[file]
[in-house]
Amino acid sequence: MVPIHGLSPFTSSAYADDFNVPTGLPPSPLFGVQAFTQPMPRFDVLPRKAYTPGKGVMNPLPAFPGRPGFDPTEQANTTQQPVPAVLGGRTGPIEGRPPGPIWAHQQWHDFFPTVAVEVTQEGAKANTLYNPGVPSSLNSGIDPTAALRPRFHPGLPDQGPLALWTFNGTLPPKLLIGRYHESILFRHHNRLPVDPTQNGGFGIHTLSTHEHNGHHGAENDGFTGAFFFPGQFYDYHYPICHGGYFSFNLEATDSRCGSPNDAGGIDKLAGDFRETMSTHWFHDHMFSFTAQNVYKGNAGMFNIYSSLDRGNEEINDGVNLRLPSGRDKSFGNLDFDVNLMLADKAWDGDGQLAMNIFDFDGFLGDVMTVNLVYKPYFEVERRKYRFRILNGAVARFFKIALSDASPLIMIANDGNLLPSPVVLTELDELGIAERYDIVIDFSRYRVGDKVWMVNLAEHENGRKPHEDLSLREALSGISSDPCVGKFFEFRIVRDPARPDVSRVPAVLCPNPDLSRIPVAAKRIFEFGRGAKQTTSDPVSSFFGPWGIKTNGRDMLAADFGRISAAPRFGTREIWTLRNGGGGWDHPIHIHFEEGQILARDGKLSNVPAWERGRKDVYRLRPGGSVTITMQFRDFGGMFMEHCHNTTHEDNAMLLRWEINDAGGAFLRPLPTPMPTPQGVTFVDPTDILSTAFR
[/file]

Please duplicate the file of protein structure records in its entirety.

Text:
[in-house]
Amino acid sequence: MVPIHGLSPFTSSAYADDFNVPTGLPPSPLFGVQAFTQPMPRFDVLPRKAYTPGKGVMNPLPAFPGRPGFDPTEQANTTQQPVPAVLGGRTGPIEGRPPGPIWAHQQWHDFFPTVAVEVTQEGAKANTLYNPGVPSSLNSGIDPTAALRPRFHPGLPDQGPLALWTFNGTLPPKLLIGRYHESILFRHHNRLPVDPTQNGGFGIHTLSTHEHNGHHGAENDGFTGAFFFPGQFYDYHYPICHGGYFSFNLEATDSRCGSPNDAGGIDKLAGDFRETMSTHWFHDHMFSFTAQNVYKGNAGMFNIYSSLDRGNEEINDGVNLRLPSGRDKSFGNLDFDVNLMLADKAWDGDGQLAMNIFDFDGFLGDVMTVNLVYKPYFEVERRKYRFRILNGAVARFFKIALSDASPLIMIANDGNLLPSPVVLTELDELGIAERYDIVIDFSRYRVGDKVWMVNLAEHENGRKPHEDLSLREALSGISSDPCVGKFFEFRIVRDPARPDVSRVPAVLCPNPDLSRIPVAAKRIFEFGRGAKQTTSDPVSSFFGPWGIKTNGRDMLAADFGRISAAPRFGTREIWTLRNGGGGWDHPIHIHFEEGQILARDGKLSNVPAWERGRKDVYRLRPGGSVTITMQFRDFGGMFMEHCHNTTHEDNAMLLRWEINDAGGAFLRPLPTPMPTPQGVTFVDPTDILSTAFR